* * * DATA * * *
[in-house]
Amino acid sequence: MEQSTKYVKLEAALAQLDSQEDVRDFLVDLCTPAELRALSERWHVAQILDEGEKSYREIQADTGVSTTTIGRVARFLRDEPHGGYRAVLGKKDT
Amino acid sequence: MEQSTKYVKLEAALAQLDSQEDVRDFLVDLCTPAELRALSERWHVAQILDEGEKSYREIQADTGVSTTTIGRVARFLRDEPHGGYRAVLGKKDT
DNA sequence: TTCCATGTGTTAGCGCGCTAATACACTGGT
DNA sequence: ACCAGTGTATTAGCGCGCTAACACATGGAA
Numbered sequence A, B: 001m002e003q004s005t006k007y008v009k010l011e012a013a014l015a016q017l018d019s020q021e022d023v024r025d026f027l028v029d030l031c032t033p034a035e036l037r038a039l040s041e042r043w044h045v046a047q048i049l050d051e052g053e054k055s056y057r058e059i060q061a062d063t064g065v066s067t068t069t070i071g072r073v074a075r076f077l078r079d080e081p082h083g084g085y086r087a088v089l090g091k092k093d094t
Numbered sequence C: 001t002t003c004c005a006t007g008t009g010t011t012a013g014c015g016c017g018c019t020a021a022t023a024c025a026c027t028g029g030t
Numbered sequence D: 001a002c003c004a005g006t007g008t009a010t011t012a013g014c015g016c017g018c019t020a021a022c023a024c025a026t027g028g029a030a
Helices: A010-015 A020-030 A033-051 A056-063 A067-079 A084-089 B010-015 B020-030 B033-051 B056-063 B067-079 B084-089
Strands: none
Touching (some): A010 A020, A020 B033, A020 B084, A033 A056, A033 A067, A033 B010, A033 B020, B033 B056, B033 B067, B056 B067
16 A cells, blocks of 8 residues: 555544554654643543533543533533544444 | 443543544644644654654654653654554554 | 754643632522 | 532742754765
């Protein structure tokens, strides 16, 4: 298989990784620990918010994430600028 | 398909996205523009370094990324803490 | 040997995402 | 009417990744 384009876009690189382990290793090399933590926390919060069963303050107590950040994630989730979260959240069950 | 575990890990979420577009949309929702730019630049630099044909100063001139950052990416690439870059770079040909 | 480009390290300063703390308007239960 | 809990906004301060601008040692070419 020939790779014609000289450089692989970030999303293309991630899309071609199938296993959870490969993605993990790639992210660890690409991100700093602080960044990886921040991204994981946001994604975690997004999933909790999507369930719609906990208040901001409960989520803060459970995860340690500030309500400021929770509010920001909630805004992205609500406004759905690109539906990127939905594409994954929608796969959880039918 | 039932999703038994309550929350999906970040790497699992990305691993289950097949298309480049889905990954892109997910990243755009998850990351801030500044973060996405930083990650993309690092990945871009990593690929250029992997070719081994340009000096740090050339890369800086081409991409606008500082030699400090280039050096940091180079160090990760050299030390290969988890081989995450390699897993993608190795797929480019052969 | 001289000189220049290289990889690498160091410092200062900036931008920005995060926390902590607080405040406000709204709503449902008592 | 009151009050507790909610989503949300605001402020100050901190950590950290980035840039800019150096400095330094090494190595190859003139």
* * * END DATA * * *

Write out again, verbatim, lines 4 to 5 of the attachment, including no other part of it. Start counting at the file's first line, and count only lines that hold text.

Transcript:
DNA sequence: TTCCATGTGTTAGCGCGCTAATACACTGGT
DNA sequence: ACCAGTGTATTAGCGCGCTAACACATGGAA